Additionally, NSW, Victoria, ACT, Queensland and NT have legislated safe zones around clinics to prevent protesters from harassing patients accessing abortions. These laws survived a High Court challenge in 2018 by anti-abortion activists John Graham Preston, who had been fined after flying to Hobart to protest outside a clinic, and Kathy Clubb, a member of anti-abortion group Helpers of God’s Precious Infants and mother of 13.
Nationally, medical abortion – orally taking mifepristone (RU486) and misoprostol to end pregnancy – is available until nine weeks’ gestation. If you meet specified requirements, you can be safely and effectively guided through the procedure at home over the telephone. Cost depends on whether an abortion is medical or surgical, the gestational stage, and whether you go public or private. The Women’s Clinic Victoria charges a minimum of $250 for medical abortion and $400 for surgical. Similarly, at NSW’s Clinic 66 the out-of-pocket cost for a surgical abortion under 12 weeks, with Medicare, is around $470. (Australia’s median weekly rent is $508.)
It is difficult to accurately state the number of abortions in Australia annually because “most states do not routinely report abortion data”, as Louise Keogh, Lyle Gurrin and Patricia Moore observed in The Medical Journal of Australia in 2021. This lack of routine, anonymised data collection – otherwise common in medical practice and necessary for the evaluation of service delivery – is an eloquent absence. Their study, however, indicated that during 2017–18, the total number of abortions was just over 88,000, which worked out to about 17 abortions per 1000 women aged 15 to 44.
Abortion reform didn’t end with decriminalisation. Wainer explains that the major problem concerns access, which varies depending on where one lives and who is in charge. “I’m mindful of stories of young interns in rural hospitals being told, ‘You’ll get girls coming in asking for abortions – just tell them we don’t do that here.’
“Doctors bring their culture with them,” she continues. “Even doctors who don’t hold religious or moral opposition to abortion may not be comfortable being known as providers. But most towns have only one or two doctors, if any. That’s why the pathway for doctors to prescribe [medical abortions] needs to be much easier and more strongly supported. Health services need the support of their communities, but in particular the support of departments of health and politicians saying, ‘We expect this of you. It is part of your responsibilities.’”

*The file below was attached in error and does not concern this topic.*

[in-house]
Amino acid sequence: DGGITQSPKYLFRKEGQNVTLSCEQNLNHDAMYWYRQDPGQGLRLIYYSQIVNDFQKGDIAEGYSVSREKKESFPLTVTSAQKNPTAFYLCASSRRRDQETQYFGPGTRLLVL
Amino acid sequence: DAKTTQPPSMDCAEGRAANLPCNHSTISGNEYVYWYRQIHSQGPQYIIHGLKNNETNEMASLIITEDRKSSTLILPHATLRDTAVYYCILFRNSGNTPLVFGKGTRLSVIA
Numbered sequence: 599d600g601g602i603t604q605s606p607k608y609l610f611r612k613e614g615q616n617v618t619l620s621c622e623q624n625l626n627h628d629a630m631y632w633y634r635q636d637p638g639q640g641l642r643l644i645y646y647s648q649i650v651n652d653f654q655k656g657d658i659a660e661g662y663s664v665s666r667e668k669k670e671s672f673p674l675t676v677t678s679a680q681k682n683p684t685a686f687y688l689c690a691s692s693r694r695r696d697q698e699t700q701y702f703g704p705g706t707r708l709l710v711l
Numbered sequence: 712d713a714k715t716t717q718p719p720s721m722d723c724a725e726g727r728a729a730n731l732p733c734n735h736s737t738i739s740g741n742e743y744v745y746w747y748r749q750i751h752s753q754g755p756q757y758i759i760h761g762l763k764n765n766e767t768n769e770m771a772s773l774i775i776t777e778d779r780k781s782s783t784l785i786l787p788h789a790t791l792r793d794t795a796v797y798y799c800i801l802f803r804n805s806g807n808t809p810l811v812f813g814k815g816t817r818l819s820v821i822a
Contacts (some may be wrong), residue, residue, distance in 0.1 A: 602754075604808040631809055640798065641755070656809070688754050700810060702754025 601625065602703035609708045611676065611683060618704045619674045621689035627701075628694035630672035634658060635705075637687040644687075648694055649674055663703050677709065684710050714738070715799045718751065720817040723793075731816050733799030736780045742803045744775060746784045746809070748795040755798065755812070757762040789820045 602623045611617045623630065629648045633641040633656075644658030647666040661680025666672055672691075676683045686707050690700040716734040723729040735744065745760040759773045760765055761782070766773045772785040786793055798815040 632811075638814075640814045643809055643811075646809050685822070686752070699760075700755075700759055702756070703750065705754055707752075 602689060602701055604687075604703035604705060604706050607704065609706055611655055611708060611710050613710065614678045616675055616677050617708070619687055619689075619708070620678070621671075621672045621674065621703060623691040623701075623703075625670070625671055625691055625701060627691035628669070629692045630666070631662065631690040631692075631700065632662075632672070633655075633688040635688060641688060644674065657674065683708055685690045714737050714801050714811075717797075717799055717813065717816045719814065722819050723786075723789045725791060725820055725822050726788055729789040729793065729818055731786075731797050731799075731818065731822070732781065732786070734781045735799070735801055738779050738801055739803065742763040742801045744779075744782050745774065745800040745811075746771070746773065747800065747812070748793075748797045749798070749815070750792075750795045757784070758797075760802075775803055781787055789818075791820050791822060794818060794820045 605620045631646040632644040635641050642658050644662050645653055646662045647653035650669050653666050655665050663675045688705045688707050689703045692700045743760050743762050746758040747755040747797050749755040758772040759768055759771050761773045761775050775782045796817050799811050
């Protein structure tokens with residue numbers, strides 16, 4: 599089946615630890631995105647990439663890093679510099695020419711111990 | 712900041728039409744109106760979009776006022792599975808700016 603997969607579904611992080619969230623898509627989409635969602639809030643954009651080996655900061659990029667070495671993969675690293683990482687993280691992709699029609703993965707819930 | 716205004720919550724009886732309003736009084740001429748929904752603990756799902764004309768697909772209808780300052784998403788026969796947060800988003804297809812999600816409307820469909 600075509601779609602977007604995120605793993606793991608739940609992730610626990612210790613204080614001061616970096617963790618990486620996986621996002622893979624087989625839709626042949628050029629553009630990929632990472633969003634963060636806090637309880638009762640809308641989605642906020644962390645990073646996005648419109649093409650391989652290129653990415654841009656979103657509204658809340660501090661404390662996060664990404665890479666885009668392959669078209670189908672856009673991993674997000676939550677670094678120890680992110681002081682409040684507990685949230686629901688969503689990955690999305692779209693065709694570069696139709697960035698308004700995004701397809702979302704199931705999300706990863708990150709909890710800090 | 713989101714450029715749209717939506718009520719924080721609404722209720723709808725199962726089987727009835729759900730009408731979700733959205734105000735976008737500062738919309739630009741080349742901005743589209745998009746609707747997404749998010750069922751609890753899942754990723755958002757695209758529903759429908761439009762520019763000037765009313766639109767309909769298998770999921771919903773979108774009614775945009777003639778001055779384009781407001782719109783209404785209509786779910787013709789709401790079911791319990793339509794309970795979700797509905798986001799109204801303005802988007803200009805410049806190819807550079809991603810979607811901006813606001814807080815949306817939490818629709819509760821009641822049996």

Even before the pandemic, abortion access in Australia was “a postcode lottery”, says Bonney Corbin, of Marie Stopes International. There remain “abortion deserts” around the nation. Access problems are compounded for those on lower incomes, those in rural areas, those on temporary visas without Medicare, and Indigenous women and trans and non-binary people who may not have experienced culturally safe care from a town’s only medical practice. Your location, and the social and financial means at your disposal, can be the difference between an early or later-term abortion, or, in the worst case, forced birth.
Theoretically, medical abortion prescribed by a general practitioner increases access. However, it is not included in GP training in reproductive health. Instead, GPs opt to become registered prescribers by doing a course in their own time. Dr Louise Manning, chair of the Rural Doctors Association of Victoria Maternity Working Group, recently noted that only 2850 of Australia’s 41,000 GPs are registered to prescribe medical terminations, “and with not all public regional health services offering regular surgical lists, timely surgical termination services are out of reach for many rural Victorian women”. Viewed alongside the shortage of doctors in rural Australia, it’s hard to feel optimistic about the National Women’s Health Strategy goal of equitable access to pregnancy termination services by 2030.
Professor Danielle Mazza, head of the Department of General Practice at Monash University, explains that, for the majority of GPs, medical abortion “is not part of the fabric of general practice. We need to change the culture of general practice to recognise that this is part of women’s healthcare service delivery. In addition to integrating medical abortion into a primary care setting, we also need to deregulate it as part of reducing the barriers and stigma that surround it.” The fact that training about medical abortion remains hived off from the curriculum is, Mazza says, a legacy of the political context in which it was introduced.
We cannot talk about medical abortion without talking about its obstruction in 1996, when independent federal senator Brian Harradine made a deal with the Howard government to support the privatisation of Telstra in exchange for empowering the then health minister, Tony Abbott, to veto the importation, manufacture and use of mifepristone. That power took more than a decade to overturn, with mifepristone being approved for commercial importation only in 2012 and listed on the Pharmaceutical Benefits Scheme in 2013, significantly later than comparable countries. Sequelae of this self-serving, concocted moral panic include continuing problems with access and stigma. Obstetricians and gynaecologists – who, even if they don’t perform abortions, use mifepristone routinely in treating miscarriages – are still required to register before they can become prescribers.
“We still have quite precarious provision of it in Australia,” Mazza says. “We have a WHO guideline calling for self-management of medical abortion. We have excellent evidence of the safety and efficacy of the product elsewhere where restrictions were lifted. Yet the process remains highly regulated.”